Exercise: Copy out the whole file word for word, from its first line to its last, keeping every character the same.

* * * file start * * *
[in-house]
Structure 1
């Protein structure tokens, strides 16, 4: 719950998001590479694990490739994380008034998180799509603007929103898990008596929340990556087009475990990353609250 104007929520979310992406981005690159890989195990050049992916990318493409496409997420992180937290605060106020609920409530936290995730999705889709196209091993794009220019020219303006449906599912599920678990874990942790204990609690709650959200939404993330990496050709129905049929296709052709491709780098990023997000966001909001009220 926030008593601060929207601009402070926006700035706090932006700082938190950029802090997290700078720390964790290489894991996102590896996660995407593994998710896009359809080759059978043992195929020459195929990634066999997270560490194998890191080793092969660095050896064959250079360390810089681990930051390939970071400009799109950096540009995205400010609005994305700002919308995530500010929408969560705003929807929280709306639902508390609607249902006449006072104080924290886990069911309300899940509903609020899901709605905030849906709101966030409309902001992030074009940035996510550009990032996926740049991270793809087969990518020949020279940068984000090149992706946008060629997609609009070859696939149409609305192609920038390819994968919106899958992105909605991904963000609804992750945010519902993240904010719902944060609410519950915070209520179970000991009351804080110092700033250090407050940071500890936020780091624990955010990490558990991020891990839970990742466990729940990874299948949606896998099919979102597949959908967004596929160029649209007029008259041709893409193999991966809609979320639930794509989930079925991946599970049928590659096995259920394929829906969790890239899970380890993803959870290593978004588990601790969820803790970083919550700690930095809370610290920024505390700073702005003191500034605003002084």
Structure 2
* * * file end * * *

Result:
[in-house]
Structure 1
């Protein structure tokens, strides 16, 4: 719950998001590479694990490739994380008034998180799509603007929103898990008596929340990556087009475990990353609250 104007929520979310992406981005690159890989195990050049992916990318493409496409997420992180937290605060106020609920409530936290995730999705889709196209091993794009220019020219303006449906599912599920678990874990942790204990609690709650959200939404993330990496050709129905049929296709052709491709780098990023997000966001909001009220 926030008593601060929207601009402070926006700035706090932006700082938190950029802090997290700078720390964790290489894991996102590896996660995407593994998710896009359809080759059978043992195929020459195929990634066999997270560490194998890191080793092969660095050896064959250079360390810089681990930051390939970071400009799109950096540009995205400010609005994305700002919308995530500010929408969560705003929807929280709306639902508390609607249902006449006072104080924290886990069911309300899940509903609020899901709605905030849906709101966030409309902001992030074009940035996510550009990032996926740049991270793809087969990518020949020279940068984000090149992706946008060629997609609009070859696939149409609305192609920038390819994968919106899958992105909605991904963000609804992750945010519902993240904010719902944060609410519950915070209520179970000991009351804080110092700033250090407050940071500890936020780091624990955010990490558990991020891990839970990742466990729940990874299948949606896998099919979102597949959908967004596929160029649209007029008259041709893409193999991966809609979320639930794509989930079925991946599970049928590659096995259920394929829906969790890239899970380890993803959870290593978004588990601790969820803790970083919550700690930095809370610290920024505390700073702005003191500034605003002084």
Structure 2